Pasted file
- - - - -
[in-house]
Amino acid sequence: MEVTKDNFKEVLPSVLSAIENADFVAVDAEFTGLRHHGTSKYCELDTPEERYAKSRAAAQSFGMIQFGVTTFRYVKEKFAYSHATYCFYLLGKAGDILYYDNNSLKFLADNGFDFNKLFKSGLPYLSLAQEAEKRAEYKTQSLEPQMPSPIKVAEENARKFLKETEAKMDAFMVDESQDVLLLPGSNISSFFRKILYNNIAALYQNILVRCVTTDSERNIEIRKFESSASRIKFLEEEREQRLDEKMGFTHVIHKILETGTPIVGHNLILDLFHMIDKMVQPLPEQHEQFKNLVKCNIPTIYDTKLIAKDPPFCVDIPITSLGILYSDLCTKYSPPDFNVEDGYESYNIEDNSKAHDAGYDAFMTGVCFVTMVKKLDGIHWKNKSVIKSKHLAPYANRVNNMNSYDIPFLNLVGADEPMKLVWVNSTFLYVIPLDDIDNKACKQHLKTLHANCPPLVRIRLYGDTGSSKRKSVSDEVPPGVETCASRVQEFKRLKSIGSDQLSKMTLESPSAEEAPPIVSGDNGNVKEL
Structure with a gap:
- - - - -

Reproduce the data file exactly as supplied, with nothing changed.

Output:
[in-house]
Amino acid sequence: MEVTKDNFKEVLPSVLSAIENADFVAVDAEFTGLRHHGTSKYCELDTPEERYAKSRAAAQSFGMIQFGVTTFRYVKEKFAYSHATYCFYLLGKAGDILYYDNNSLKFLADNGFDFNKLFKSGLPYLSLAQEAEKRAEYKTQSLEPQMPSPIKVAEENARKFLKETEAKMDAFMVDESQDVLLLPGSNISSFFRKILYNNIAALYQNILVRCVTTDSERNIEIRKFESSASRIKFLEEEREQRLDEKMGFTHVIHKILETGTPIVGHNLILDLFHMIDKMVQPLPEQHEQFKNLVKCNIPTIYDTKLIAKDPPFCVDIPITSLGILYSDLCTKYSPPDFNVEDGYESYNIEDNSKAHDAGYDAFMTGVCFVTMVKKLDGIHWKNKSVIKSKHLAPYANRVNNMNSYDIPFLNLVGADEPMKLVWVNSTFLYVIPLDDIDNKACKQHLKTLHANCPPLVRIRLYGDTGSSKRKSVSDEVPPGVETCASRVQEFKRLKSIGSDQLSKMTLESPSAEEAPPIVSGDNGNVKEL
Structure with a gap: